Monday, November 19, 2007

More private health insurance companies market to early retirees; what happens at age 65?

MSNBC and the AP have a recent story "Insurers catering to early retirees: Baby boomers are financially stable, and they don't qualify for Medicare, yet" here (Oct. 31, 2007). Many people have been "forced" to retire early and may have inadequate health insurance, and some companies do not offer it at all.

I do have health insurance from United Health Care from ING, and it is about 2/3 company paid, but still a high-deductible plan with only 70% inpatient hospital coverage costs about $200 a month out of pocket. I am holding off on some things (like hernia surgery) until I am 65 and inpatient care is "free". Is that a market-driven decision? UHC does offer extremely effective in-network discounts for out of pocket expenses (up to 70% discount on most procedures). Medicare eligibility starts at 65, and requires a premium for Part B, but not for Part A if the employee had enough FICA credit (40 quarters) to qualify for social security. Apparently, my ING policy becomes supplementary (like many Blue Cross Blue Shield supplementary policies for seniors) when I reach 65 as Medicare would cover much of the expense, but I will have to pay a Part B premium of almost $100 and may want Part D (but my ING plan covers many prescription drugs much better than Medicare does).

Other references on Medicare eligibility: Moheban Law Firm


Medicare PDF document is here. This covers 2007. Note the discussion of Medigap policies and the copays and deductibles even for Part A hospitalization, on P 44. It conveys a sense of how difficult it is to cover unlimited health care expenses for seniors. (We [Michael Moore, anyway] ask, then, what about Canada? Britain?)

Medicare enrollment

I followed the questionnaire this morning and eventually reached this page:

The following is a listing of the Medicare premium, deductible, and coinsurance rates that will be in effect in 2008:

Medicare Premiums for 2008:

Part A: (Hospital Insurance) Premium

Most people do not pay a monthly Part A premium because they or a spouse has 40 or more quarters of Medicare-covered employment.

The Part A premium is $233.00 per month for people having 30-39 quarters of Medicare-covered employment.
The Part A premium is $423.00 per month for people who are not otherwise eligible for premium-free hospital insurance and have less than 30 quarters of Medicare-covered employment.

Part B: (Medical Insurance) Premium

$96.40 per month*

Medicare Deductible and Coinsurance Amounts for 2008:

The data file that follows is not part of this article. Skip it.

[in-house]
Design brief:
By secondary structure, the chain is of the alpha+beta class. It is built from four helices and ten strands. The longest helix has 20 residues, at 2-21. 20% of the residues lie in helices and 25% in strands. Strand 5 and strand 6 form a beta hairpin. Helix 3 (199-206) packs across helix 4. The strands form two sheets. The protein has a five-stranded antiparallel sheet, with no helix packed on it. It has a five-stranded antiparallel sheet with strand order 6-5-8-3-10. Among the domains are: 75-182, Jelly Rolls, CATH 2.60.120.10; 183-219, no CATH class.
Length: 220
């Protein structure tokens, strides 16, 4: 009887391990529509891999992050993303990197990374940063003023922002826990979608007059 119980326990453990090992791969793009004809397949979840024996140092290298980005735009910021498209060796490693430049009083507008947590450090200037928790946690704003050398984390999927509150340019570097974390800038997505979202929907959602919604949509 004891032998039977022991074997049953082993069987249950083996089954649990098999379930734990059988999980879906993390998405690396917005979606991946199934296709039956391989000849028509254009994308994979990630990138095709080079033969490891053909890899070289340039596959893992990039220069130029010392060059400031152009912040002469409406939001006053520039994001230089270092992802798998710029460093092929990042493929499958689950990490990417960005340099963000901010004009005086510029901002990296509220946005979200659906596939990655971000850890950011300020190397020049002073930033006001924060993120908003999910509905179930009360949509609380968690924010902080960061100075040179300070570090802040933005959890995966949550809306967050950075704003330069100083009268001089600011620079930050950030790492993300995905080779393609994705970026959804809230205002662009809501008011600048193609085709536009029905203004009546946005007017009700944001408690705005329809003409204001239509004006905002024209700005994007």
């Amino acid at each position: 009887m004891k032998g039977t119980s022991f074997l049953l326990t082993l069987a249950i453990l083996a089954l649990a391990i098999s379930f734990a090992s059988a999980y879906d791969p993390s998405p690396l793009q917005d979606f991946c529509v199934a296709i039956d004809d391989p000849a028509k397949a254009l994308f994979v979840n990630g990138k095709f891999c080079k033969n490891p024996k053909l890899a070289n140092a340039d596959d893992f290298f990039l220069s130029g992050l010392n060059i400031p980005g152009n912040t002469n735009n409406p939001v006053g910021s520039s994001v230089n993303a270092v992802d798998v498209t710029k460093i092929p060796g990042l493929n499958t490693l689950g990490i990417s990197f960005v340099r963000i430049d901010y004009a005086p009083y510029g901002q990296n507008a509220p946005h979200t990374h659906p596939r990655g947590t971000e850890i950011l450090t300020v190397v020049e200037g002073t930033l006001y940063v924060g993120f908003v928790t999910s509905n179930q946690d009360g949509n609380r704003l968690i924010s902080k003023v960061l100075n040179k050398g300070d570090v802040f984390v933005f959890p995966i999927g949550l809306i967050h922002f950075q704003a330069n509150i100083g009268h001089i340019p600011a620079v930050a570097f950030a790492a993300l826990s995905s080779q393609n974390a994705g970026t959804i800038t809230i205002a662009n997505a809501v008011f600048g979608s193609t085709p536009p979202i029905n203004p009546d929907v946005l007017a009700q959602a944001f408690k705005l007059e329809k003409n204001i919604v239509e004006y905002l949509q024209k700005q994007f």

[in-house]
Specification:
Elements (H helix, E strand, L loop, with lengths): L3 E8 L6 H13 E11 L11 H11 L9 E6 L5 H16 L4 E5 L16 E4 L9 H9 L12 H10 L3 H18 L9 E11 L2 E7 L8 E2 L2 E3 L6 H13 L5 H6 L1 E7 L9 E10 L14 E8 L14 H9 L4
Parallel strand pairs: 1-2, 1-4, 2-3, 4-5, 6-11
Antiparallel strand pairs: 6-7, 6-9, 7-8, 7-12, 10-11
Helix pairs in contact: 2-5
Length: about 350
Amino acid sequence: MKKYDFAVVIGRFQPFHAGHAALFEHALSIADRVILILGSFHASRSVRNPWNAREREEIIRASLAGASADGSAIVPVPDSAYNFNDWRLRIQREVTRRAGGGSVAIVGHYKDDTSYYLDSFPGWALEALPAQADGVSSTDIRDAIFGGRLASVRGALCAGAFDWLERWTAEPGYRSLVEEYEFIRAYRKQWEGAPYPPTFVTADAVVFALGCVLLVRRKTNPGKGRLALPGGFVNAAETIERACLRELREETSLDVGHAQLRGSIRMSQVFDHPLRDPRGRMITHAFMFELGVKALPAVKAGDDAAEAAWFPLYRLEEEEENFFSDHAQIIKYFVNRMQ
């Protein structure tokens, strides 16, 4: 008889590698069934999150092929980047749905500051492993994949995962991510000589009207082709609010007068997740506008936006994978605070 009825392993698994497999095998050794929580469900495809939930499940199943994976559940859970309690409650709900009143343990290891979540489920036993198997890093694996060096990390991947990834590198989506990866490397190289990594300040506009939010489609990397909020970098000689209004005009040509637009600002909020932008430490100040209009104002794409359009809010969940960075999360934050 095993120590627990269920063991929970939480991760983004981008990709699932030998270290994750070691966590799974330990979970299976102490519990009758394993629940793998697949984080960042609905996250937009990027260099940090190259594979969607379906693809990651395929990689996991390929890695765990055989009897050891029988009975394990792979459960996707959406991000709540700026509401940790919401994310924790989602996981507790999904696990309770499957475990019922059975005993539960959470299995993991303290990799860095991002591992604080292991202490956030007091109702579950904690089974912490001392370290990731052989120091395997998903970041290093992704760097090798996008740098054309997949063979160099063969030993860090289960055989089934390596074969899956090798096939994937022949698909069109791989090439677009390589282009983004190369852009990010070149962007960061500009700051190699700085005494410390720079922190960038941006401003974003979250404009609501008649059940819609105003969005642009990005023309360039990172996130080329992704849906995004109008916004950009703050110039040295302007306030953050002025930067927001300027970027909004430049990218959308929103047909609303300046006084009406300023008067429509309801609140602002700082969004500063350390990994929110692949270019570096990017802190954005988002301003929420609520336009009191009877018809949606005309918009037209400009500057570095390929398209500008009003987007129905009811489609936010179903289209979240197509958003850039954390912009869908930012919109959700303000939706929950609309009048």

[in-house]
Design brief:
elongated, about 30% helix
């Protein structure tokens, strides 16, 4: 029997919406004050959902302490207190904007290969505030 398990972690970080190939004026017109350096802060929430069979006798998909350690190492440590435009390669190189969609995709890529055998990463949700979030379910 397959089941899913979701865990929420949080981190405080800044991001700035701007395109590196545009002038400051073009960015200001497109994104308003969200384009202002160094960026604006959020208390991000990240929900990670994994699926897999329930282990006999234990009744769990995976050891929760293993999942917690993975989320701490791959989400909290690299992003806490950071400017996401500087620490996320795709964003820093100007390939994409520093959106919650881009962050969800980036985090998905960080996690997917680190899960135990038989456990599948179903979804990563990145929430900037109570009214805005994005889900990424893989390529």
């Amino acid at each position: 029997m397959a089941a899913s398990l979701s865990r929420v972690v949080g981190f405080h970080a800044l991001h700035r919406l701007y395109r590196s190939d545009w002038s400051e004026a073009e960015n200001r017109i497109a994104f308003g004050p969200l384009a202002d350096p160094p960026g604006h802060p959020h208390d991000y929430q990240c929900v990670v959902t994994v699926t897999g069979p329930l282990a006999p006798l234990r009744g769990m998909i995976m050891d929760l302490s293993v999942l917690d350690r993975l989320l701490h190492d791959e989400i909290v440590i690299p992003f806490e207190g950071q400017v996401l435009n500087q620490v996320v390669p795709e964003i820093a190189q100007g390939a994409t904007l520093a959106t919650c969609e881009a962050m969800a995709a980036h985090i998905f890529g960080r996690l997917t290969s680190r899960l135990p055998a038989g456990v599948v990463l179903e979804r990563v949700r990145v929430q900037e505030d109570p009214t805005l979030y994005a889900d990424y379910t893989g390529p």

Part A: (pays for inpatient hospital, skilled nursing facility, and some home health care) For each benefit period Medicare pays all covered costs except the Medicare Part A deductible (2008 = $1,024) during the first 60 days and coinsurance amounts for hospital stays that last beyond 60 days and no more than 150 days.

For each benefit period you pay:

A total of $1,024 for a hospital stay of 1-60 days.
$256 per day for days 61-90 of a hospital stay.
$512 per day for days 91-150 of a hospital stay (Lifetime Reserve Days).
All costs for each day beyond 150 days

Skilled Nursing Facility Coinsurance

$128.00 per day for days 21 through 100 each benefit period.

Part B: (covers Medicare eligible physician services, outpatient hospital services, certain home health services, durable medical equipment)

$135.00 per year. (Note: You pay 20% of the Medicare-approved amount for services after you meet the $135.00 deductible.)

The specific link was this:

Today show discusses Sandwich generation

This morning (Monday Nov 19) the NBC Today show again discussed the caregiving responsibilities of the "sandwich generation" many of whom cope with eldercare, raising children and work (with some employers who may resist family responsibility time off). Tom Nelson from the AARP appeared. I could not find the web link for this specific item yet (despite the fact that the show said it should be there) but the website for the Today show is this.

I'll add a link from "New Retirement", blog here.

Update: Nov. 24

A story on another blog mentions stability of bonds and oil prices, certainly important now to retirees, here.

I followed up on Nov. 26 with another report on a USA Today story on the same topic, and investigated further, and found some contradictions. Link.

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